The Dissent

Judge Juan Torruella’s 45 page dissent is, to put it mildly, blistering. Indeed, in his own words, he “vehemently dissents.” Judge Torruella begins by quoting Justice Sotomayor: “our system of justice demands trials that are fair in both appearance and fact.” Thus, Judge Torruella appears to reframe the issue as not only about the actual ability of Tsarnaev to receive a fair trial, but the public perception of whether a Boston-held trial is fair.

Judge Torruella acknowledges that mandamus is an extraordinary remedy, but, as he passionately argues, in his forty years on the bench, he is unaware of a single situation more "extraordinary" than this. He then recites facts of the case, paying special attention to how the Boston media covered it, and noting, for instance, less-than-neutral “Boston Strong” motto---which became pervasive shortly after the bombing, and persists to this day.

From this, the dissent moves to the presumption of prejudice---which, in Torruella’s view, should apply. There are two components: first, that the community must be so saturated with inflammatory publicity as to render impossible an impartial jury; and second, that so many jurors must admit to a disqualifying prejudice that the avowals of impartiality made by the remaining jurors may legitimately be called into question. Judge Torruella quickly dispenses of the first prong, on the grounds that “the pretrial publicity -- which has been pervasive, prejudicial, and inflammatory” clearly meets the threshold for saturation. As for the second, the judge lists five pages’ worth of actual responses to the jury questionnaire. The latter range from typical statements indicating a belief of Tsarnaev’s guilt, to more creative stuff. Consider this gem, cited in the dissent: “[T]hey shouldn't waste the bulits [sic] or poison; hang them.” In countering the majority’s assertion that the quotes are “selective,” Judge Torruella points out that:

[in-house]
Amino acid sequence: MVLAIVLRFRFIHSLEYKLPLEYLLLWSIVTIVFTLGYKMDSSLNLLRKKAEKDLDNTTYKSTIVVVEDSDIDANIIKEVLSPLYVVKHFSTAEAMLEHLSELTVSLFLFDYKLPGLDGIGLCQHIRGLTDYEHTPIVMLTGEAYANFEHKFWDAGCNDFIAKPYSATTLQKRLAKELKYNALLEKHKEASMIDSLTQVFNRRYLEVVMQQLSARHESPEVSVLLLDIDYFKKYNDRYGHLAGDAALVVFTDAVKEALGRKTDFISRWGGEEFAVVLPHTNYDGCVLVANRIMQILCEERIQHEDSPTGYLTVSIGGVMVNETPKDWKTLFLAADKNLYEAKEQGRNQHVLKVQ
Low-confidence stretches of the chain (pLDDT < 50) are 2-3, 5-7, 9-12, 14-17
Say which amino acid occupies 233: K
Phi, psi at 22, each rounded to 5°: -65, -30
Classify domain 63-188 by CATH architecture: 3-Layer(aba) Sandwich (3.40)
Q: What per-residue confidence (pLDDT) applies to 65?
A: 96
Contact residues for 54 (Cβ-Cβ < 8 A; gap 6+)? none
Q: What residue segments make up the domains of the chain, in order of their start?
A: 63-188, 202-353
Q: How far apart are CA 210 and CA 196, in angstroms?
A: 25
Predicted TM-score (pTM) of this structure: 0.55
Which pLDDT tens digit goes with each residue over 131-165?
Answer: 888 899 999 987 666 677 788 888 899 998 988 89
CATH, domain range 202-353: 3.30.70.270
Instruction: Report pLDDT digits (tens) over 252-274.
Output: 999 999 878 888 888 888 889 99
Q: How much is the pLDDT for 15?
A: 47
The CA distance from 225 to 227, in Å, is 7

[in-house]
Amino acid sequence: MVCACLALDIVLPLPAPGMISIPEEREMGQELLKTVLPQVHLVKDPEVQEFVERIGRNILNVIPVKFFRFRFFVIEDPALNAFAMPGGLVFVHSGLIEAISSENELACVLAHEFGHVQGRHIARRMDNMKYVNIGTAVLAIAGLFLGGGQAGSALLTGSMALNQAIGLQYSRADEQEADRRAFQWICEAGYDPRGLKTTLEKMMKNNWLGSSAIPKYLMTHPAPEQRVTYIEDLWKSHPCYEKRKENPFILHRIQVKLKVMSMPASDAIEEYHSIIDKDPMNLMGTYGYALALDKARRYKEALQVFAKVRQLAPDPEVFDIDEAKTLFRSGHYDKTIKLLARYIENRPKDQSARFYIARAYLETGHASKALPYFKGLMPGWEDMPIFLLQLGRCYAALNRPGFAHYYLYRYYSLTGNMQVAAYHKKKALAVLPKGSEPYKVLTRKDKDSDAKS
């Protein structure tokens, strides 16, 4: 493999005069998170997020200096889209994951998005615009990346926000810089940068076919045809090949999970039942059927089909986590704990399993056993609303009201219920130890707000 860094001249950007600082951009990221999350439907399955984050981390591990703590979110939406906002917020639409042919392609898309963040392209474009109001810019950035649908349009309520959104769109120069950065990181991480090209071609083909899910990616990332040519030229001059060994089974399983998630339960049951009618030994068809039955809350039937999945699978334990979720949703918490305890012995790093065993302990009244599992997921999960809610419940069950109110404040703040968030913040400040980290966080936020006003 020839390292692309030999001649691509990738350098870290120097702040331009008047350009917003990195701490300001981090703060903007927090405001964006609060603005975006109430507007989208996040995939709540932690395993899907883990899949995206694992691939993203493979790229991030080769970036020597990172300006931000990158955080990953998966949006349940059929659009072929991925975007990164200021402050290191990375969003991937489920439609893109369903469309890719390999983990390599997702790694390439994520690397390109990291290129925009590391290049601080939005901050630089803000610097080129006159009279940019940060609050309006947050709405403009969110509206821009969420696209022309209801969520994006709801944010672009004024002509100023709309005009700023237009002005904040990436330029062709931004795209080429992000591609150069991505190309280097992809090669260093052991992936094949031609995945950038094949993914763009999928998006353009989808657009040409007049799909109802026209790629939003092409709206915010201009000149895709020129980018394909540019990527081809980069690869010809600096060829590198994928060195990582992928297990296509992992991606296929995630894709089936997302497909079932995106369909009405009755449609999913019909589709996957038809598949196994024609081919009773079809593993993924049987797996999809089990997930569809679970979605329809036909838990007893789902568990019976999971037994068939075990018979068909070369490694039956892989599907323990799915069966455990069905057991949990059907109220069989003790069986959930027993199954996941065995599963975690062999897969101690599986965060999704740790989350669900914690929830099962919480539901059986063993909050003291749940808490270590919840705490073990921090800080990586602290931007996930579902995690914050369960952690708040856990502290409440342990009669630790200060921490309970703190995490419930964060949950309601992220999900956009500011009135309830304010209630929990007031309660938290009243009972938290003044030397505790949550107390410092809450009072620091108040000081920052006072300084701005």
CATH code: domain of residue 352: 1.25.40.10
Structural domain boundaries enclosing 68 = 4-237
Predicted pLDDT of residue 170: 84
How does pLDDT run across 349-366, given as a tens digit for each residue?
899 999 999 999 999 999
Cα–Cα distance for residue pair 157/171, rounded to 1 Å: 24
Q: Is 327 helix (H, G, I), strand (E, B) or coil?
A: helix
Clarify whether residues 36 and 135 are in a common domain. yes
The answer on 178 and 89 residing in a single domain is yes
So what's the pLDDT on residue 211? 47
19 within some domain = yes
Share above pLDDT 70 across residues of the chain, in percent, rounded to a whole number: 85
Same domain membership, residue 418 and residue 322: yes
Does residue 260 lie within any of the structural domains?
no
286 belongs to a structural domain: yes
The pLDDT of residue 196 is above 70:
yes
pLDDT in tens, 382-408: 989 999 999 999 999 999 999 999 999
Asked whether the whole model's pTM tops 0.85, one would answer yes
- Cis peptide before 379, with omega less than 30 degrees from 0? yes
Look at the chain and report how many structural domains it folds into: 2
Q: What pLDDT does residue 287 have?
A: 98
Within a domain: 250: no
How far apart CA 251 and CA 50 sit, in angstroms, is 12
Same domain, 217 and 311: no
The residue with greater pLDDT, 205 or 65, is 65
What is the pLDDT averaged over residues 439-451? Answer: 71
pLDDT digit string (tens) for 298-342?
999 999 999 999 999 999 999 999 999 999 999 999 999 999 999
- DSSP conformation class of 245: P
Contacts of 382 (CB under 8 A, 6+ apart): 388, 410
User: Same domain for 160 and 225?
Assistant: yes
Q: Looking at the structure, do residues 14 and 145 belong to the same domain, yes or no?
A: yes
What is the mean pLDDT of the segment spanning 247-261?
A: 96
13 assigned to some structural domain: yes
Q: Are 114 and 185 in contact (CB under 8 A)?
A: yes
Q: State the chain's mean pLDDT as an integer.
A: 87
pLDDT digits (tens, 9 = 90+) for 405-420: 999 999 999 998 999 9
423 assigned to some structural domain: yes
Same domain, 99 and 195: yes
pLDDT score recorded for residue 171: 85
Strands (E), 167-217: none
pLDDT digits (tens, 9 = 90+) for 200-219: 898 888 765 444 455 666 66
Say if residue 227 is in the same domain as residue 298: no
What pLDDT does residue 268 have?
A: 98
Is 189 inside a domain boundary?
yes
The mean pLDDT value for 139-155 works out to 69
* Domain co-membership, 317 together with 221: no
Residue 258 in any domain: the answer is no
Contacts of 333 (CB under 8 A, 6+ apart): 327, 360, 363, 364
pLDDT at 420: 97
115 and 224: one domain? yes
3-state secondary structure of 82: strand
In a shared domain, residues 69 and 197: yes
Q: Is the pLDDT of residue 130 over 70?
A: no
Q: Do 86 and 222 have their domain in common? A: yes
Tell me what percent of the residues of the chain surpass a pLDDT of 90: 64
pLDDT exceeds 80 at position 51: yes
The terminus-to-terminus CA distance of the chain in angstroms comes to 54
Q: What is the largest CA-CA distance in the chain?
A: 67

of the seventy-five provisionally qualified jurors, forty-two self-identified as having some connection to the events, people, and/or places at issue twenty-three stated in their questionnaires that they had formed the opinion that Tsarnaev is guilty; of those twenty-three, one even stated that he would be unable to set that belief aside.

The point is clear: voir dire has not worked as prejudice infects even the supposedly vetted jurors.

That argument made, the dissent shifts gears and insists that the case is nearly identical to the Timothy McVeigh case---where a change of venue was granted. As he quotes from McVeigh, “while initially there was ‘extremely comprehensive’ national media coverage, [a]s time passed, differences developed in both the volume and focus of the media coverage in Oklahoma compared with local coverage outside of Oklahoma and with national news coverage." This, he argues, is precisely what happened in Tsarnaev’s case and precisely why Boston is not the proper venue. Of course, that the entire country is aware of who Tsarnaev is or what he allegedly did is, as the majority points out, not the ultimate question. It’s instead the nature of the media blitz that matters, in Judge Torruella’s view. The coverage of Tsarnaev in the local media has been particularly cutting, biased, and penetrating; a contrast to the national media’s coverage.

The dissent concludes on this note:

[W]hat makes both America and Boston strong is that we guarantee fundamental constitutional rights to even those who have caused us the greatest harm. Rather than convicting Tsarnaev and possibly sentencing him to death based on trial-by-media and raw emotion, we must put our emotions aside and proceed in a rational manner. This includes guaranteeing that Tsarnaev is given a fair trial . . . . The actions of the district court and the majority of this court fall short of these ideals . . . Because this court refuses to grant this relief, I strongly dissent.